No one wants to think about hurricanes in the middle of this pandemic, but this is the time of year that the forecasts come out, and the ones we’ve seen so far have indicated a busy season. I’m posting The Weather Company’s forecast released yesterday and will follow with some realism and optimism.
First, here’s the guidance: the lack of El Niño, warmer-than-normal ocean water forecast for August-October, past hurricane seasons of similar atmospheric makeup and computer modeling. All those have The Weather Company forecasting an above-average season:
By numbers alone, they are forecasting more hurricanes than last year (9 vs 7) and more than Dr. Phil Klotzbach of Colorado State (9 vs 8). Their full press release is right here.
Included in the article you’ll find some optimism in that numbers don’t mean anything to what might actually happen to any particular state or city. In 2005, 28 storms formed and none hit Texas (yes, Rita made a mess of traffic, but officially went inland in Louisiana). On the other hand, in 1983 there were only 4 storms and we had Category 3 Hurricane Alicia! So with any season, there is a certain amount of sheer luck. In addition, dry air (all that Saharan Dust) can be a big player along with windy conditions that can develop, both of which can inhibit tropical development, and those conditions simply have to be monitored as they are not easily forecast. The busy season prediction could always be a bust.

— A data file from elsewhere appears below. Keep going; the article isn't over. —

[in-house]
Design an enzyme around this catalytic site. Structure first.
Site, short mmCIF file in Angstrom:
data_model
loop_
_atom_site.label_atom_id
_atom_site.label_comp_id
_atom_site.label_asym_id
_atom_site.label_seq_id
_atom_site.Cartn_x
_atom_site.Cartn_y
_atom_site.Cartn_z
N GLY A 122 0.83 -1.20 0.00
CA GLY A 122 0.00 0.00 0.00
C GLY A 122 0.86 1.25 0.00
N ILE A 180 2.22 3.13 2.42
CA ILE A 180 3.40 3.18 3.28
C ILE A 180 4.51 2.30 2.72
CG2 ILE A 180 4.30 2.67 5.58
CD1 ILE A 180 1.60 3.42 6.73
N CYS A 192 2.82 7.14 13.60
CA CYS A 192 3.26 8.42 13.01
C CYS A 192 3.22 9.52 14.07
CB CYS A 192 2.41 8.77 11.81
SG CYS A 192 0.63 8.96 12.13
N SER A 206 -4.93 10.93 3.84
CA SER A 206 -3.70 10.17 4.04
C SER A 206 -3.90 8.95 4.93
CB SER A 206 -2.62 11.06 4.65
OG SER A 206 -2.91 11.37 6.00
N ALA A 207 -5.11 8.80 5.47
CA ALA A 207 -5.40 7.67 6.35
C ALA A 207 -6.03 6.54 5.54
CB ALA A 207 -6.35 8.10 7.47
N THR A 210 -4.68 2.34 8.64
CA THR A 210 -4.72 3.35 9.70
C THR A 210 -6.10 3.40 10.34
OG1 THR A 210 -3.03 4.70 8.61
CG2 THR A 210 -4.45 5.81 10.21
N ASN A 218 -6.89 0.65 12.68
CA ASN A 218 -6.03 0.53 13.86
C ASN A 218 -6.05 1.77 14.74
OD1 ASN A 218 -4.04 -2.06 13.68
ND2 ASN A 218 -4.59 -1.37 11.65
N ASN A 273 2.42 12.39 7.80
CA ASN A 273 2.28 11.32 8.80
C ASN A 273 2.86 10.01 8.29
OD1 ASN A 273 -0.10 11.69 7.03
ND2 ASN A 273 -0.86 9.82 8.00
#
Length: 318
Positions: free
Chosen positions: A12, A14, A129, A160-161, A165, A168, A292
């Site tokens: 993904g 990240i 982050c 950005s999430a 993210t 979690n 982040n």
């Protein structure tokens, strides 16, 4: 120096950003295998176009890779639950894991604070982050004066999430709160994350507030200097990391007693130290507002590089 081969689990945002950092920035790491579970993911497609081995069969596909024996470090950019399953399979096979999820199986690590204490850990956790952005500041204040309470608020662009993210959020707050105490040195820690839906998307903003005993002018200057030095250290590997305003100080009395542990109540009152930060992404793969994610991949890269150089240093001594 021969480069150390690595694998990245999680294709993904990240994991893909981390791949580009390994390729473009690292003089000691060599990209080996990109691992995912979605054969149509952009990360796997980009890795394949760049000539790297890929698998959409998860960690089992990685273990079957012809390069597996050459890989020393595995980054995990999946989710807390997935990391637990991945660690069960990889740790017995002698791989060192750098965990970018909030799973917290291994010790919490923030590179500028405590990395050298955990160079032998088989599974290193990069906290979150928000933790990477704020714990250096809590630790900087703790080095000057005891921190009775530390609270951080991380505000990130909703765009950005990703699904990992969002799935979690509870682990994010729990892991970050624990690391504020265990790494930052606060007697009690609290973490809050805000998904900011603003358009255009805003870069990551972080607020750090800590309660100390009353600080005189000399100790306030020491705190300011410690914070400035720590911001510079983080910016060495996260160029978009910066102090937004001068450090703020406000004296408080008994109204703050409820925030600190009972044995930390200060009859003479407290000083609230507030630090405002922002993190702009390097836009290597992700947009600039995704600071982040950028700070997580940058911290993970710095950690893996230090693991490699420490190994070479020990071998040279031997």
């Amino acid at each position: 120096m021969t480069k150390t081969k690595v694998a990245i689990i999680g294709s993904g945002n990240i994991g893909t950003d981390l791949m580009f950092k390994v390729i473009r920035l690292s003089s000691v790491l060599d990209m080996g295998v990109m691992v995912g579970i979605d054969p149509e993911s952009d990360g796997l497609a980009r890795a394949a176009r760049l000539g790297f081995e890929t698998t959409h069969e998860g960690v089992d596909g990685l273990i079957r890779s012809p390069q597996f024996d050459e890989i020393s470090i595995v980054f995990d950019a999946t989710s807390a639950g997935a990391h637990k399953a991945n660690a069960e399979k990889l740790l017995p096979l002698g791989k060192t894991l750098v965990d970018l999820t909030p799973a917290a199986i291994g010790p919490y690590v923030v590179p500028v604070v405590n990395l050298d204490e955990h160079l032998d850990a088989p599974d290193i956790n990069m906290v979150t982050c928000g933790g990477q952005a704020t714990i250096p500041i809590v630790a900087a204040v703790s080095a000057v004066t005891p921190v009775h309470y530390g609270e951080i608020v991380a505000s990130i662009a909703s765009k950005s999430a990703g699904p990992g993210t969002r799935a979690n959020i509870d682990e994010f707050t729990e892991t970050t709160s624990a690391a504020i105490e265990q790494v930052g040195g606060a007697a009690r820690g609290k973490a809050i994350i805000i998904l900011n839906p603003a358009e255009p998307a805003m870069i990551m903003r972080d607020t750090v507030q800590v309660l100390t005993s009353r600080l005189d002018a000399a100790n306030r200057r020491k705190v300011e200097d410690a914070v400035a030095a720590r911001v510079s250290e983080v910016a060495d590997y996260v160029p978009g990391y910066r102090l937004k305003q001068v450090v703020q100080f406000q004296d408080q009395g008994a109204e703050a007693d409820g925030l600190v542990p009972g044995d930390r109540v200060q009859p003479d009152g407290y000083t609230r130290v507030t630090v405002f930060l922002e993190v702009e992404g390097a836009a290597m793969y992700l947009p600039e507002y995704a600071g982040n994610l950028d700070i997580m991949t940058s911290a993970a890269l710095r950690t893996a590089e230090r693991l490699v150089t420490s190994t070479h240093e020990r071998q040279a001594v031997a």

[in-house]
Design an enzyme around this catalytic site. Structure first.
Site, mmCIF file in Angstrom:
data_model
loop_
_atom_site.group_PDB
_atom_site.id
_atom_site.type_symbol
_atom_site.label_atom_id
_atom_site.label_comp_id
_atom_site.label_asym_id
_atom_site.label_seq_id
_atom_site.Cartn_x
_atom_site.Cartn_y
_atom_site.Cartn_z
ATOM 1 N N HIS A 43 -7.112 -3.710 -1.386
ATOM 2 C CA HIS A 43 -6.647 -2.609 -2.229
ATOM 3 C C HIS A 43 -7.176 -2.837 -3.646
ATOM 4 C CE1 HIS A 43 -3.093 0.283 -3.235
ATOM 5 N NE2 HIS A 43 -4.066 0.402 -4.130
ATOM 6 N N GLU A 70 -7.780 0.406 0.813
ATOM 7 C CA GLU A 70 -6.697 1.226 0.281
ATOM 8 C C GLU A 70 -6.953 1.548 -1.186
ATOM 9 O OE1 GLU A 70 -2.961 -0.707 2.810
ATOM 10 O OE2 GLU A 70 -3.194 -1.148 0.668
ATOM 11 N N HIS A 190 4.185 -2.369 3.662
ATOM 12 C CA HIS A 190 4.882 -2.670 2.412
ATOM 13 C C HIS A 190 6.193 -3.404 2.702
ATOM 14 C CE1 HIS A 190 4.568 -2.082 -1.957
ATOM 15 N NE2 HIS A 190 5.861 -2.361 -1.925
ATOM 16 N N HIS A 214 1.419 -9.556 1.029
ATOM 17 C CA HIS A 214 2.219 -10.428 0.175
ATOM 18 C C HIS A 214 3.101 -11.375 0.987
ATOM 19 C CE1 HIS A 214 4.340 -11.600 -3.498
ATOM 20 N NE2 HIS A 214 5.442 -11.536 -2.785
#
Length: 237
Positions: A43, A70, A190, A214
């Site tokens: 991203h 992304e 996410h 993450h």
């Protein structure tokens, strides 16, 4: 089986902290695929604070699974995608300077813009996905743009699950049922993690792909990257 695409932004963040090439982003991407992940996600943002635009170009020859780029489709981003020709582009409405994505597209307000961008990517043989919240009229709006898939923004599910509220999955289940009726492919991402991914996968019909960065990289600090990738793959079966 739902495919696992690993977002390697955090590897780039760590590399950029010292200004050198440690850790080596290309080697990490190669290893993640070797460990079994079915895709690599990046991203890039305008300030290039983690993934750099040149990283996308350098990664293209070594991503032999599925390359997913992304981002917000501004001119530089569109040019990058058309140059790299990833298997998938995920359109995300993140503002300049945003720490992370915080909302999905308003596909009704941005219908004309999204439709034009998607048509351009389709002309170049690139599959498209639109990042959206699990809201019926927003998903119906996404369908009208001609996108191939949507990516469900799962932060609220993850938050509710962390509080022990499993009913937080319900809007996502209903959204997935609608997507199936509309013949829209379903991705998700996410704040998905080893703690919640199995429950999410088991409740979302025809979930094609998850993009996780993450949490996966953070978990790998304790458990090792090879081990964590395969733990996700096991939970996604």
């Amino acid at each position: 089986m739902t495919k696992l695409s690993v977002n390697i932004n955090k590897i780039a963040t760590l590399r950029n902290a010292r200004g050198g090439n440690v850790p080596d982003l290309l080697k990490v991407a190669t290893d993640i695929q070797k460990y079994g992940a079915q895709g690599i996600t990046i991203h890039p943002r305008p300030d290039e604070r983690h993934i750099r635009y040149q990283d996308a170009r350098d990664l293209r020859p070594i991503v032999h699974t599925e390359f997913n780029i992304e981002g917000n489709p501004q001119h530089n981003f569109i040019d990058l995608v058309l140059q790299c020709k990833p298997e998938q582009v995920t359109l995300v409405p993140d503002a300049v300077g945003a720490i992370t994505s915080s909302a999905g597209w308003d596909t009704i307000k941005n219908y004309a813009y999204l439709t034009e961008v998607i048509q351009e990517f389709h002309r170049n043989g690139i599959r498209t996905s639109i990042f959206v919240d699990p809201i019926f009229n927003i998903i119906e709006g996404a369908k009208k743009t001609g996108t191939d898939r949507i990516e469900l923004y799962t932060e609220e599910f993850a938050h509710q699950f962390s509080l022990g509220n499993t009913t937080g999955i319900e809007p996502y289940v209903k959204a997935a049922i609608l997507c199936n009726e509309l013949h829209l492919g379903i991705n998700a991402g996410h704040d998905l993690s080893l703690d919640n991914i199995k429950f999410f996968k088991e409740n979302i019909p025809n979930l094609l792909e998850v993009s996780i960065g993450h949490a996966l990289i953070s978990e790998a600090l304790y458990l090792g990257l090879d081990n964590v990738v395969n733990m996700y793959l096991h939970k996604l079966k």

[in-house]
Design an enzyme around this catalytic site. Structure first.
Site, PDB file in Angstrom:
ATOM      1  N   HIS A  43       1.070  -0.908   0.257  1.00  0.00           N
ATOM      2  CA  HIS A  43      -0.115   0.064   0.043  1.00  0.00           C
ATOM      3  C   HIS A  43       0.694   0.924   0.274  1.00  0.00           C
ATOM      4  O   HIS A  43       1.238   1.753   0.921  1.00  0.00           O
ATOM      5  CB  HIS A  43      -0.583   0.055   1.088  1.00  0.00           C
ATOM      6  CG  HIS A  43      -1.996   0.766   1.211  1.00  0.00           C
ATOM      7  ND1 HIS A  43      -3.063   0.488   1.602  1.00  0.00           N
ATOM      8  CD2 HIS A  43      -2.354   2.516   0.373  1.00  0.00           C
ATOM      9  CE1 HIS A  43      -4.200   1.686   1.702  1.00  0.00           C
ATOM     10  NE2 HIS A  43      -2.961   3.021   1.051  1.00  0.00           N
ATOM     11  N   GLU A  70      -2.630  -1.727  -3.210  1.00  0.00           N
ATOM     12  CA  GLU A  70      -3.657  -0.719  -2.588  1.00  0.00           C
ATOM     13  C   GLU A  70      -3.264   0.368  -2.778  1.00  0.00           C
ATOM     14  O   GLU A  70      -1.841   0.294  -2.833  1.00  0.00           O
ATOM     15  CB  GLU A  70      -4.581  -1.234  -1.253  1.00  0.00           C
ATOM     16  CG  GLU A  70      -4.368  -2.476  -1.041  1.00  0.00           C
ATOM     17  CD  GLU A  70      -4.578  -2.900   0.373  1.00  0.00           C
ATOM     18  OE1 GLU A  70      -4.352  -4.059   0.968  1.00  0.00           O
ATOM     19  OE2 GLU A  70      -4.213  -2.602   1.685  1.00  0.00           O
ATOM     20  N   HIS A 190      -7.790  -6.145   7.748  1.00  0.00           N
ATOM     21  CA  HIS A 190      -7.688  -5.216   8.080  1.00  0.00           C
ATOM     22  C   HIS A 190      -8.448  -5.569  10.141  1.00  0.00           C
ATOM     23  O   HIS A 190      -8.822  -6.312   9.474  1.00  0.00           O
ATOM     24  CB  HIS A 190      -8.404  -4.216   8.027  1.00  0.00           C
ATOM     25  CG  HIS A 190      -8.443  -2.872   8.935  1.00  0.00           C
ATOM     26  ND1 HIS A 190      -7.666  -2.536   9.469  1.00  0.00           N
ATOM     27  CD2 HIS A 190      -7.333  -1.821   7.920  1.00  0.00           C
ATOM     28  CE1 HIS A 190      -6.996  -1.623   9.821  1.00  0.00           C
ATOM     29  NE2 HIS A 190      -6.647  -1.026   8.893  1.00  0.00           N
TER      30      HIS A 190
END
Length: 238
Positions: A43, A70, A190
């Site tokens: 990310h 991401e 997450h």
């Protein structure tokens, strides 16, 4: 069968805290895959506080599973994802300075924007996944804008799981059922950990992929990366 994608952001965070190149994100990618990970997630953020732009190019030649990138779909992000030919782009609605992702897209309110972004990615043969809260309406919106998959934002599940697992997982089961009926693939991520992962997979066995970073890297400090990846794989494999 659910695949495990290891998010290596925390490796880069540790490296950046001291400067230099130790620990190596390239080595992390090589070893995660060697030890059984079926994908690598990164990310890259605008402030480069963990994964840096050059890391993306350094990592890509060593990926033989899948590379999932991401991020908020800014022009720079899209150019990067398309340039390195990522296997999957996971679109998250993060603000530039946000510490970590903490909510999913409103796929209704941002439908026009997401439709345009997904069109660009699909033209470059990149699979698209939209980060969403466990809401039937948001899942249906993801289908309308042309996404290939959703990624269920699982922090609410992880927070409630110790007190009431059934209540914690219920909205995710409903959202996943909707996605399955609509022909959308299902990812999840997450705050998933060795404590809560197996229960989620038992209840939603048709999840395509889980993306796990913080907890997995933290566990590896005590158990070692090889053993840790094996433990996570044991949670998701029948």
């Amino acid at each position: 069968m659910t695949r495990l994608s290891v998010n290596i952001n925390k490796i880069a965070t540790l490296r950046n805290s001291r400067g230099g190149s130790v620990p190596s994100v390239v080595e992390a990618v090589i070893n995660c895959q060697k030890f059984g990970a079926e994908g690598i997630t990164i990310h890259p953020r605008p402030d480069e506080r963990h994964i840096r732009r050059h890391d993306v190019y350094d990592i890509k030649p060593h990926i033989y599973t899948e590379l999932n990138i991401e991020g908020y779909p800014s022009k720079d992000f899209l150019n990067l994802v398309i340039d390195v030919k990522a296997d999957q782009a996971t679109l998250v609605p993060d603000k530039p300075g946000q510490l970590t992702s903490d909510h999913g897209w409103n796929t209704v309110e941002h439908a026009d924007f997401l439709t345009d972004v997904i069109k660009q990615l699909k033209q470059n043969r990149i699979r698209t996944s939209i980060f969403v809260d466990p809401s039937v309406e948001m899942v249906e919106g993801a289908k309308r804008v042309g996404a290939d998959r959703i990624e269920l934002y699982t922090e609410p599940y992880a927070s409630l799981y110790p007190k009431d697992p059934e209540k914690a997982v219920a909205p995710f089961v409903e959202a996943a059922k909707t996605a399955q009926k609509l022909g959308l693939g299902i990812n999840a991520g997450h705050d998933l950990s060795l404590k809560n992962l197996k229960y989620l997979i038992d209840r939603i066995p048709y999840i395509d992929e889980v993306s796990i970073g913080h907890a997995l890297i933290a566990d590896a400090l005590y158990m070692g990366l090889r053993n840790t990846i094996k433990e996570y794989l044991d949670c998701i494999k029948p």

So if these hurricane forecasts stress you out, don’t let it. Dr. Bill Gray (1929-2016), who started the whole hurricane forecasting phenomenon back in 1984, told me once at a conference that the primary reason he made hurricane forecasts each year is that people were curious. It’s a question they had and he tried his best to give an answer, that’s all. Insurance groups and Emergency Management have a vested interest in the answers, but they pretty much plan for the worst every year regardless!
So think of these various forecasts as just that -- best guesses to the question of how many hurricanes might develop this year. No one knows for sure how many will form and certainly, no one can know exactly where and when they’ll hit, if at all.
Stay safe and healthy!